Unfortunately, however, unlike with the previous lawsuit in which I was able to obtain copies of a wealth of material related to the series of agreements in which the film rights were passed from Tolkien to United Artists, then Zaentz, then licensed by Zaentz to Miramax, and finally passed on to New Line, all of which had been attached to New Line’s motion for summary judgment, this time it is unlikely that I will get a chance to see a copy of the 2010 regrant agreement (or, probably, most of the other documentation that Zaentz and Warners say they have) over the course of the lawsuit, since even if it reaches the point where motions for summary judgment are filed, they will likely again be filed under seal. Therefore it will be difficult for me to judge the accuracy of the claims. With the material that I have been able to review, at this stage it appears to me that Zaentz and WB have a pretty compelling case as the issue of online games. It is, of course, possibly that Zaentz and WB are misrepresenting the history and that the true facts will support the position of the Estate and Harper Collins, but right now it looks to me like they are on pretty shaky legal grounds.
I think that the Estate may have a stronger position with regard to the slot machines. While Zaentz’s and WB’s argue that the Estate and WB has long conceded that that online gaming is part of rights sold, I have not seen any similar material regarding slot machines or other gambling. If the Estate had just gone after that, they might be in a stronger position. This suggests to me that the case is really more about the online games, even though they made a bigger deal about the slot machines, which sounds more offensive to most people.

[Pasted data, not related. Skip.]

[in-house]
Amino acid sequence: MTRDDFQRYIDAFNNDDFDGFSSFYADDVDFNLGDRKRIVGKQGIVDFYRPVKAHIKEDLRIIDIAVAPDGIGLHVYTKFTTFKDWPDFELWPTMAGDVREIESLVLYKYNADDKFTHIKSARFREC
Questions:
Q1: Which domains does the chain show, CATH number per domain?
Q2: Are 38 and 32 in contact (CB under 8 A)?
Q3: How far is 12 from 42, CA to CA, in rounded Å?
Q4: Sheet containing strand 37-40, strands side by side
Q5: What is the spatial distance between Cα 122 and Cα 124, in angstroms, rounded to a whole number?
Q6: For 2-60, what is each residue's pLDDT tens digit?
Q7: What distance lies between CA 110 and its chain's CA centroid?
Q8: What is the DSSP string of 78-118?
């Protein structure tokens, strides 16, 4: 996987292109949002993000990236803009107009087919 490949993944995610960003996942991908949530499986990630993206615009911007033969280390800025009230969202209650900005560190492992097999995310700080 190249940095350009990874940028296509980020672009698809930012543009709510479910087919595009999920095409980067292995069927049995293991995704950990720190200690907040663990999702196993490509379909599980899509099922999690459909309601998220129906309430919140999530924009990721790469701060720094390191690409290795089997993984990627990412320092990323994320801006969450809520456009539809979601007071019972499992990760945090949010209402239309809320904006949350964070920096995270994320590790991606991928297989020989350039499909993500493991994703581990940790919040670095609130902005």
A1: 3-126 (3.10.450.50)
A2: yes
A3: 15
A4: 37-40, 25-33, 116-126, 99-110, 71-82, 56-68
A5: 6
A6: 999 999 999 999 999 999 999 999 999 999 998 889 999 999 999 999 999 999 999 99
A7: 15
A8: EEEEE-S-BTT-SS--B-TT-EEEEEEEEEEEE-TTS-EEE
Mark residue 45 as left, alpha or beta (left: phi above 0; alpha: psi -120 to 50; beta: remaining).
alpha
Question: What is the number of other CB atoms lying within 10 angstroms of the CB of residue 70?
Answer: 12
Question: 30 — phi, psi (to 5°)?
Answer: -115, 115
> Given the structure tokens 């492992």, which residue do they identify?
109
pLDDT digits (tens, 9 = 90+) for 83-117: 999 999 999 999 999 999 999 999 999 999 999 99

My sympathies are mostly with the plaintiffs in this case, although I’m not sure how strong their claims will turn out to be legally. As I mentioned above, the case doesn’t have any direct effect on the films, except for the potential negative publicity (and perhaps lost profits for WB and Zaentz). However, the case potentially has profound ramifications for the future of Tolkien fandom. I do think that Zaentz in particular is angling to get a final determination that he can do some of the things that he has long wanted to do, like a Middle-earth theme park, which I am sure that the Estate would object to if they can, regardless of the rumors to the contrary. If he and WB prevail, it could mean a much greater commercialization of the Tolkien universe than we have seen thus far. On the other hand, if the Estate prevails, it could lead to the end of such popular activities as the MMORPG (massively multiplayer online role-playing game) The Lord of the Rings Online, which certainly would be a disappointment to many fans. In essence, the resolution of the case will go a long way towards determining who has the final say in how Tolkien’s most popular and enduring works are exploited and expanded upon.
Douglas C. Kane is a civil rights attorney and Tolkien scholar living in California. His first book, Arda Reconstructed: The Creation of the Published Silmarillion was published by the Lehigh University Press in 2009, and reissued in paperback in 2011. His article about the previous Tolkien v. New Line lawsuit was Clearing up Misconceptions Regarding the Tolkien vs. New Line Lawsuit. He posts here at TORN as Voronwë_the_Faithful.Posted in Headlines, Hobbit Movie, Lord of the Rings, Merchandise, Other Merchandise, Studios, The Hobbit, The Hobbit: An Unexpected Journey, The Hobbit: The Desolation of Smaug, The Hobbit: There and Back Again, Tolkien, Tolkien Estate, Tolkien Family, Warner Bros. on July 16, 2013 by Kelvarhin